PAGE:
World Humanitarian Day is more than a day that recognizes humanitarian workers. It is also a day to remind us that aid workers often put others’ needs before their own. Especially during times of crisis and hardship.

Today, we recognize our partners who dedicate their lives to working in Haiti. Haiti is one of the most difficult places on the planet to work. Economic, political and environmental fragility have wreaked havoc on the lives of Haitians.

For instance:

  • ​​60% of Haitians live below the national poverty line, and more than 24% live in extreme poverty
  • Over 50,000 Haitians are displaced. This is due to disasters, forced evictions, chronic food and livelihood insecurity
  • 22% of children are chronically malnourished
  • 10% of children are underweight
  • 66% of children under the age of 5 suffer from anemia

The History

Haiti was once the most lucrative colony in the world, the crown jewel of the French empire. From 1659 to 1791 French planters forced African slaves to produce cash crops. Coffee, sugar and cattle for the global market. Then in 1791 the world’s largest and most successful slave revolt occurred in Haiti. The slaves won, and in 1804, Haiti gained independence from France. Its inhabitants gained freedom from slavery. 

However, the newly independent Haiti was then forced to pay its slaveholders reparations. French slaveholders and their descendants received what would amount to between $20 and $30 billion in today’s dollars. It took Haiti 122 year to pay this debt, leaving it one of the poorest nations in the world.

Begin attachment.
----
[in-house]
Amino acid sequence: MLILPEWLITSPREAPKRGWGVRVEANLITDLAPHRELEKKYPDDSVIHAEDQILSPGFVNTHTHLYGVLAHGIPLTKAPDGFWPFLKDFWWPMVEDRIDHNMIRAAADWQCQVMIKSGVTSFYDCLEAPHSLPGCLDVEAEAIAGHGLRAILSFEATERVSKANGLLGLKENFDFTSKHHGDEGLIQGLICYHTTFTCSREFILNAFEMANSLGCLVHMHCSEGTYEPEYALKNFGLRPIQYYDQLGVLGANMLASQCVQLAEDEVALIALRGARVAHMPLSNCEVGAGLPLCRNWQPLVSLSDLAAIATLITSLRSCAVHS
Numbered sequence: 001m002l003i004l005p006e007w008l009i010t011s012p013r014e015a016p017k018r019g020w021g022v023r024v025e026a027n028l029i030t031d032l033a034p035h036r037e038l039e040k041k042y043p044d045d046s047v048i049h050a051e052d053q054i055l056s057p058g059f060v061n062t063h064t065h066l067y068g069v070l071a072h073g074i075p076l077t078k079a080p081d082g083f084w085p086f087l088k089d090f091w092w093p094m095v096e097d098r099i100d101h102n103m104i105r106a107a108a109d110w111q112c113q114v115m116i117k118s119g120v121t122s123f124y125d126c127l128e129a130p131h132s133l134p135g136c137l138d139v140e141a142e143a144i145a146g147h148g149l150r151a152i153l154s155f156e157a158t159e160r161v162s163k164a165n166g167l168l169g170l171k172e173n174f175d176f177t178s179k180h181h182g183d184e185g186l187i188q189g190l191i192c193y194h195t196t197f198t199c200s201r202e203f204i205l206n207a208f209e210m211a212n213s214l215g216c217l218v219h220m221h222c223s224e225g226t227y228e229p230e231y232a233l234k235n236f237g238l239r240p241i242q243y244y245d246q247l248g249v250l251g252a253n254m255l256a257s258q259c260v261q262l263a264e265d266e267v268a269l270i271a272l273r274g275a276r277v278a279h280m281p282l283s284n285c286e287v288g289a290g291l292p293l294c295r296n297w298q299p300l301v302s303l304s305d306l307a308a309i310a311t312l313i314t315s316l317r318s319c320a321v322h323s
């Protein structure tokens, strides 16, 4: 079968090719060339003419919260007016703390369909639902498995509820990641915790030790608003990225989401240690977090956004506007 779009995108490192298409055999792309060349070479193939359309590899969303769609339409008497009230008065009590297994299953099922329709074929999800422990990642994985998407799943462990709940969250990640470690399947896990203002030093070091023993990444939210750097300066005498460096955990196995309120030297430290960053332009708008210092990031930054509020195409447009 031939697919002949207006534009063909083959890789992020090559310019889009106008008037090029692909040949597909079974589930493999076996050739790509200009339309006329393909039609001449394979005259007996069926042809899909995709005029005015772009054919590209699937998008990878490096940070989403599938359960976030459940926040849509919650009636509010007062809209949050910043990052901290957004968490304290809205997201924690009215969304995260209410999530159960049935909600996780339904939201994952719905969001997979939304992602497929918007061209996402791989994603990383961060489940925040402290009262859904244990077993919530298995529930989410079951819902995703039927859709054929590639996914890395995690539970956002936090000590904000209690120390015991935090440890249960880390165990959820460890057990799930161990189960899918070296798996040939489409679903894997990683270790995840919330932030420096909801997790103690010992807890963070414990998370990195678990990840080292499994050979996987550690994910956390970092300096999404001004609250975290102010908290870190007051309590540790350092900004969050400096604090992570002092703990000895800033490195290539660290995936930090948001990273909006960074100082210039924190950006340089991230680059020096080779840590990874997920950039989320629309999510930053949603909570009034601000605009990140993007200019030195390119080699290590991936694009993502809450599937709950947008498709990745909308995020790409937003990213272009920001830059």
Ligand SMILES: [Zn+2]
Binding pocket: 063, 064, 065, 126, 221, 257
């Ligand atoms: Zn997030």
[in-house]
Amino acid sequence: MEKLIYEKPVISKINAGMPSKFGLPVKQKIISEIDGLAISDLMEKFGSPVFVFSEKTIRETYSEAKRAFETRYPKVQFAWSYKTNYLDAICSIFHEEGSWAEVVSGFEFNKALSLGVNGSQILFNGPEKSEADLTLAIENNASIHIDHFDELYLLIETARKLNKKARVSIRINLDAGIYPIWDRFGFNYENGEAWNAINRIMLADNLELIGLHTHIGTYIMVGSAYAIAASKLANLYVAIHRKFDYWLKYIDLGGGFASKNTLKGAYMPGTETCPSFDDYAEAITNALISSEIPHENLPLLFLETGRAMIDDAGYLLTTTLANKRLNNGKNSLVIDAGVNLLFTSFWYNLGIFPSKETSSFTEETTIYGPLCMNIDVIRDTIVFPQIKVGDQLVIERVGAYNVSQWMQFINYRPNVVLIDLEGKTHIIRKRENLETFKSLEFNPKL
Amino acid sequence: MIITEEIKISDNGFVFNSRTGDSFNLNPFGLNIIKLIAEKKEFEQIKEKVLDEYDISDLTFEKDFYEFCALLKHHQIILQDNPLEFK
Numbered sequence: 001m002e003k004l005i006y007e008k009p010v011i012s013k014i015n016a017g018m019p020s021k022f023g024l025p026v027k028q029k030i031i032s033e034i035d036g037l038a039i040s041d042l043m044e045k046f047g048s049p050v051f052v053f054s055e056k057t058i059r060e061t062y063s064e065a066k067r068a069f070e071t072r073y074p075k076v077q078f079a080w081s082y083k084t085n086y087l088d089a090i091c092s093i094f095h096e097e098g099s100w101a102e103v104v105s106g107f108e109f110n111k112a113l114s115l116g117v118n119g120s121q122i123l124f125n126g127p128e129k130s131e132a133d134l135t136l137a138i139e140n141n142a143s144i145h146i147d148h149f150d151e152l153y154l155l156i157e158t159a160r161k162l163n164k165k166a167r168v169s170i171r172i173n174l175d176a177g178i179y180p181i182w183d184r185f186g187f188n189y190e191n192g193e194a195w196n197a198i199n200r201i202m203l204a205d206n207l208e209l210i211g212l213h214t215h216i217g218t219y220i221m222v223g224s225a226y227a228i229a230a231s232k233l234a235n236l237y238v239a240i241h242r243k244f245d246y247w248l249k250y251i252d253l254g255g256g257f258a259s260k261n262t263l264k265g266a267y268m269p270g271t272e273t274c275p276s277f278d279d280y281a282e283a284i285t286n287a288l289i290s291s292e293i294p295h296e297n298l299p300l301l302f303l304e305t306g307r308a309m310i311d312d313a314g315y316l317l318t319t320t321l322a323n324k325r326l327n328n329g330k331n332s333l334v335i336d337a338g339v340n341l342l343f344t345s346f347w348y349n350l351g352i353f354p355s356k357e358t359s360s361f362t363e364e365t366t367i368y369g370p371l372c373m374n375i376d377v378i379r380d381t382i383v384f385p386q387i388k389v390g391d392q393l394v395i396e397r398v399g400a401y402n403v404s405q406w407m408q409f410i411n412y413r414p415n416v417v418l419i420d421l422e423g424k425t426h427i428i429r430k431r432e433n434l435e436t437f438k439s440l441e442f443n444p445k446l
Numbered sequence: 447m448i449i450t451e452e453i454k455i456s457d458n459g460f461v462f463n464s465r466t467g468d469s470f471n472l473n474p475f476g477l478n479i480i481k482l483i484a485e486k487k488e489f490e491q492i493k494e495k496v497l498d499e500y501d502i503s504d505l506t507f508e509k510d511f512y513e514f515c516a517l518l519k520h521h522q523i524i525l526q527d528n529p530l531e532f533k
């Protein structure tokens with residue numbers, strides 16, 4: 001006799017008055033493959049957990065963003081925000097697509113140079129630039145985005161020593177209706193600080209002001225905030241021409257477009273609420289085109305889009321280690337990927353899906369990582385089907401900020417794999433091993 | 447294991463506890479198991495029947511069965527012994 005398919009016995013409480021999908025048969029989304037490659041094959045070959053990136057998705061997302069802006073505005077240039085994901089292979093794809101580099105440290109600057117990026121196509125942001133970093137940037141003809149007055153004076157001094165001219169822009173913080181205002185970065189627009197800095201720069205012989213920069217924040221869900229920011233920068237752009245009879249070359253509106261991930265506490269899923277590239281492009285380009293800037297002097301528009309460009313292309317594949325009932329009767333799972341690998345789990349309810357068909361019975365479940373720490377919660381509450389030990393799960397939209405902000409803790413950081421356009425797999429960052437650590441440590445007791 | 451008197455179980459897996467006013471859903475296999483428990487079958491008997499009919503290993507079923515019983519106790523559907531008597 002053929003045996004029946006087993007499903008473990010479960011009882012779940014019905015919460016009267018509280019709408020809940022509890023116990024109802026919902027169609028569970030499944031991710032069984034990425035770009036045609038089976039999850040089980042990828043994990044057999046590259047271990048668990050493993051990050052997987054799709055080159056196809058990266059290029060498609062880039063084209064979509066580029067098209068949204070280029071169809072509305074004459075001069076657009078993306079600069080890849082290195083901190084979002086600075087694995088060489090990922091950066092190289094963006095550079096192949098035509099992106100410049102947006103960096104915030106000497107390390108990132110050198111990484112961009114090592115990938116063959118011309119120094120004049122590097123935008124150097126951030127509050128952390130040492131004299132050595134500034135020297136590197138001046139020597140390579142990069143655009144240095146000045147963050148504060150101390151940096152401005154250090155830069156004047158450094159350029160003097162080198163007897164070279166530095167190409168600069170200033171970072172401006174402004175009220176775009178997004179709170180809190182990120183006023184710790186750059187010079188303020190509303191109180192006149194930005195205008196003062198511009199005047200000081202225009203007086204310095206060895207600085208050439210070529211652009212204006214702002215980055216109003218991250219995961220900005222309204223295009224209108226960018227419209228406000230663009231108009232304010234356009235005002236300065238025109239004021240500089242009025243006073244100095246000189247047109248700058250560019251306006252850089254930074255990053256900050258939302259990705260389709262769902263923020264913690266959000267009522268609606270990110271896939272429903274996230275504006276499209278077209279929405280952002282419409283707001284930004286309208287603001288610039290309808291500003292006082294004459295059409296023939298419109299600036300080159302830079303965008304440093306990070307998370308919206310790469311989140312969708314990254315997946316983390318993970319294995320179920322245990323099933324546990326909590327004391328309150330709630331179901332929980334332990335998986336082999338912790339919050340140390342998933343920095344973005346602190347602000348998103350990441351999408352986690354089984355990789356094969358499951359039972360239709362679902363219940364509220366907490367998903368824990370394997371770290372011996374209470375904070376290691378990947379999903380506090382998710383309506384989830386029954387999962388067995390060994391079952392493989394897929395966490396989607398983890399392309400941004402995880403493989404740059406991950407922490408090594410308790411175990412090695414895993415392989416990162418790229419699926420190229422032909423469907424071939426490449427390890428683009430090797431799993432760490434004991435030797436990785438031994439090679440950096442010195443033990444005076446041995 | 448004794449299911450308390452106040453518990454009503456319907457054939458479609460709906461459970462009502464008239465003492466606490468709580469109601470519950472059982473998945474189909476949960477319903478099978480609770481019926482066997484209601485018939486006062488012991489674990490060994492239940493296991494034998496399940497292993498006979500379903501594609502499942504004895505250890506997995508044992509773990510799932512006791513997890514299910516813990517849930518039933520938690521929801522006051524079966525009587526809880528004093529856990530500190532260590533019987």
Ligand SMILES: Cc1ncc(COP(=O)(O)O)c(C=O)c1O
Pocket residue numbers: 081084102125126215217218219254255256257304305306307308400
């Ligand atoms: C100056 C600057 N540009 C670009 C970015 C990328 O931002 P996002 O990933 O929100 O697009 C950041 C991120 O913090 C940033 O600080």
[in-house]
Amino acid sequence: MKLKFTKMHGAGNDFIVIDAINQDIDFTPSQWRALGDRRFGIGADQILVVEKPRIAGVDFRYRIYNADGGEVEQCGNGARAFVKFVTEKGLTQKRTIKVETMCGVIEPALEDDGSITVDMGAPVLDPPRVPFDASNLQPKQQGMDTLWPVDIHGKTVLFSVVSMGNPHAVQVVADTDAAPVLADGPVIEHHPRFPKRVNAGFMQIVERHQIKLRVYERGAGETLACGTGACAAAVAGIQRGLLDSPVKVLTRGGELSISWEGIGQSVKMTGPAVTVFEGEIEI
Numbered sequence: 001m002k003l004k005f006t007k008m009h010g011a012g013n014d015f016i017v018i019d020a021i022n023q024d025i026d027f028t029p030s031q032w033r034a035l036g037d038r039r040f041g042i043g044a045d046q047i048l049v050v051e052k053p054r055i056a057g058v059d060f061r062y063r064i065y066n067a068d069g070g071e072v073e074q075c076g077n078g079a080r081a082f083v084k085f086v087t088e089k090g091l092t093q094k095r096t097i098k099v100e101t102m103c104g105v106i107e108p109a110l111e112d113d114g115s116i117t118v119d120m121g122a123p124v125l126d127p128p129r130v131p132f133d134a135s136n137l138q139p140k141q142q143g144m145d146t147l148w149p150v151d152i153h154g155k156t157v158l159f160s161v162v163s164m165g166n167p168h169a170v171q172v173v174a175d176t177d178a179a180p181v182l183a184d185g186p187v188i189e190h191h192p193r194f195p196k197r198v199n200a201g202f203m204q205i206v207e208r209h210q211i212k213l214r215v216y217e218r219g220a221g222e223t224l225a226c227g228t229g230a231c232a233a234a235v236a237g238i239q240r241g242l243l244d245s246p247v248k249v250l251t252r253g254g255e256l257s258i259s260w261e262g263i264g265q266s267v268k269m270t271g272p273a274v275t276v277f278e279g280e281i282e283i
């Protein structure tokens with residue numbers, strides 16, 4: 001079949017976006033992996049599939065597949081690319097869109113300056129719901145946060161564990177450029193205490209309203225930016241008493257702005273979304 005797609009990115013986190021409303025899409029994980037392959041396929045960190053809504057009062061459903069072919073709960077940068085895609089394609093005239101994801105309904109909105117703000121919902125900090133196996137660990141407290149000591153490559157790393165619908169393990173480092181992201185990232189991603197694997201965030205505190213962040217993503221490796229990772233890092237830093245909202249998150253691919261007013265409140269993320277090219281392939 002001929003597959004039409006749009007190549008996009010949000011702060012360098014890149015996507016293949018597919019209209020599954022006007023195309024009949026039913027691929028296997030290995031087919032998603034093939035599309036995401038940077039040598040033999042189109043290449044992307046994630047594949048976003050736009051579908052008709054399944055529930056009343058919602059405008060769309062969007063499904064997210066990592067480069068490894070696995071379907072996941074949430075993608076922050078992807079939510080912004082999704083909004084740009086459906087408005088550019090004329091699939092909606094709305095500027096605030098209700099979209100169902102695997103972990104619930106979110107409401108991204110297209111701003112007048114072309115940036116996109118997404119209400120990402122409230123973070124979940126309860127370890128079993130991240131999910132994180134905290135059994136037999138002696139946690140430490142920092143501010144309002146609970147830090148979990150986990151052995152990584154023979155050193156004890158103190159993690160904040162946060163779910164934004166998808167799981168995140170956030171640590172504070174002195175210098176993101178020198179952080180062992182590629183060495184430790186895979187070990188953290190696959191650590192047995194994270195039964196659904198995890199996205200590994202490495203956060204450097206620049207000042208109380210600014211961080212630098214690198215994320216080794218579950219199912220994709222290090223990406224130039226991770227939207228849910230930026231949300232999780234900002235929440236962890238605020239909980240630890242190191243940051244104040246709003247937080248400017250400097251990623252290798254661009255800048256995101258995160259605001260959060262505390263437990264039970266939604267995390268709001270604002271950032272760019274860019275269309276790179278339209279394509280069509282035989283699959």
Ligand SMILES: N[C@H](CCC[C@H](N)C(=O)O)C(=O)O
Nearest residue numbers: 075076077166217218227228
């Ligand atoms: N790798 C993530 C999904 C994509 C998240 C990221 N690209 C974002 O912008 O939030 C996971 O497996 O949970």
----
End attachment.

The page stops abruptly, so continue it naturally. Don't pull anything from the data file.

The Geography

Haiti’s geographical location in the Caribbean leaves it particularly vulnerable to natural disaster. You have seen it in the news; cyclones, floods and droughts. And most recently, devastating earthquakes. 

Political

The politics of Haiti are considered unstable. This is due to coups d’état, foreign interference, regime changes, and military juntas. Internal conflict and the proliferation of gangs have only added to the issue. In July of 2021, the sitting president Jovenel Moïse was assassinated. 

When you read this, you may think that the challenges Haiti faces are insurmountable. And to be fair, there is no quick fix. There is no magical solution. 

But there is hope because of dedicated aid organizations and humanitarian workers who believe emphatically that the people they assist need their help, and that things can change.

You are helping too by supporting programs in Haiti, such as building new homes in the community of Derac. You are showing your thanks to the humanitarian workers dedicated to improving the lives of Haitians.

Show your support today by donating.

Donate to Haiti

The needs of Haiti are complex. If you’d like to learn more- we suggest starting here

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